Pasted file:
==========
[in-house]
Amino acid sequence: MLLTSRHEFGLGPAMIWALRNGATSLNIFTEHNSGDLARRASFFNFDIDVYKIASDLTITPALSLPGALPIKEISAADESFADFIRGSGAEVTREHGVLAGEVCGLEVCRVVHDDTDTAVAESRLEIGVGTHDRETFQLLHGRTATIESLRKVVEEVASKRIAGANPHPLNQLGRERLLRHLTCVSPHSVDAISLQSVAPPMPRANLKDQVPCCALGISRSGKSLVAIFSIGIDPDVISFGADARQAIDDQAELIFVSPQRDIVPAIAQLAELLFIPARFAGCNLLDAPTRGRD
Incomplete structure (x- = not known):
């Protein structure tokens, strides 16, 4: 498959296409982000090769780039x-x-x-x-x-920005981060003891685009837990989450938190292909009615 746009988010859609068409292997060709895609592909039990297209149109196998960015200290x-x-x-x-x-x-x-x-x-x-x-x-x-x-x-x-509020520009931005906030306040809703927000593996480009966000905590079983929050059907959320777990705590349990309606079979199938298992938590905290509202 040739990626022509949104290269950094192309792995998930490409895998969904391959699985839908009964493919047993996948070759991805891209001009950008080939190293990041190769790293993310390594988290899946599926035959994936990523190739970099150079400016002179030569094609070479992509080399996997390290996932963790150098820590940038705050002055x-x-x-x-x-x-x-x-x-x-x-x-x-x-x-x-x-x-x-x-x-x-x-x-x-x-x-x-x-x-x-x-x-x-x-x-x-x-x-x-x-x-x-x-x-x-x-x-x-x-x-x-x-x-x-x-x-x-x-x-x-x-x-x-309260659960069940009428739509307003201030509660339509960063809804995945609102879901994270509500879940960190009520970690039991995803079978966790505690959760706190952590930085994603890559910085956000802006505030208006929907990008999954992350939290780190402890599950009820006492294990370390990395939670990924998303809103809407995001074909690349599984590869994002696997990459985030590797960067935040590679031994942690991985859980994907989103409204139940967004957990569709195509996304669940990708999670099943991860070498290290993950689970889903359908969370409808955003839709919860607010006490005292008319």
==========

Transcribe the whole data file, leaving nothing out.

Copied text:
[in-house]
Amino acid sequence: MLLTSRHEFGLGPAMIWALRNGATSLNIFTEHNSGDLARRASFFNFDIDVYKIASDLTITPALSLPGALPIKEISAADESFADFIRGSGAEVTREHGVLAGEVCGLEVCRVVHDDTDTAVAESRLEIGVGTHDRETFQLLHGRTATIESLRKVVEEVASKRIAGANPHPLNQLGRERLLRHLTCVSPHSVDAISLQSVAPPMPRANLKDQVPCCALGISRSGKSLVAIFSIGIDPDVISFGADARQAIDDQAELIFVSPQRDIVPAIAQLAELLFIPARFAGCNLLDAPTRGRD
Incomplete structure (x- = not known):
């Protein structure tokens, strides 16, 4: 498959296409982000090769780039x-x-x-x-x-920005981060003891685009837990989450938190292909009615 746009988010859609068409292997060709895609592909039990297209149109196998960015200290x-x-x-x-x-x-x-x-x-x-x-x-x-x-x-x-509020520009931005906030306040809703927000593996480009966000905590079983929050059907959320777990705590349990309606079979199938298992938590905290509202 040739990626022509949104290269950094192309792995998930490409895998969904391959699985839908009964493919047993996948070759991805891209001009950008080939190293990041190769790293993310390594988290899946599926035959994936990523190739970099150079400016002179030569094609070479992509080399996997390290996932963790150098820590940038705050002055x-x-x-x-x-x-x-x-x-x-x-x-x-x-x-x-x-x-x-x-x-x-x-x-x-x-x-x-x-x-x-x-x-x-x-x-x-x-x-x-x-x-x-x-x-x-x-x-x-x-x-x-x-x-x-x-x-x-x-x-x-x-x-x-309260659960069940009428739509307003201030509660339509960063809804995945609102879901994270509500879940960190009520970690039991995803079978966790505690959760706190952590930085994603890559910085956000802006505030208006929907990008999954992350939290780190402890599950009820006492294990370390990395939670990924998303809103809407995001074909690349599984590869994002696997990459985030590797960067935040590679031994942690991985859980994907989103409204139940967004957990569709195509996304669940990708999670099943991860070498290290993950689970889903359908969370409808955003839709919860607010006490005292008319």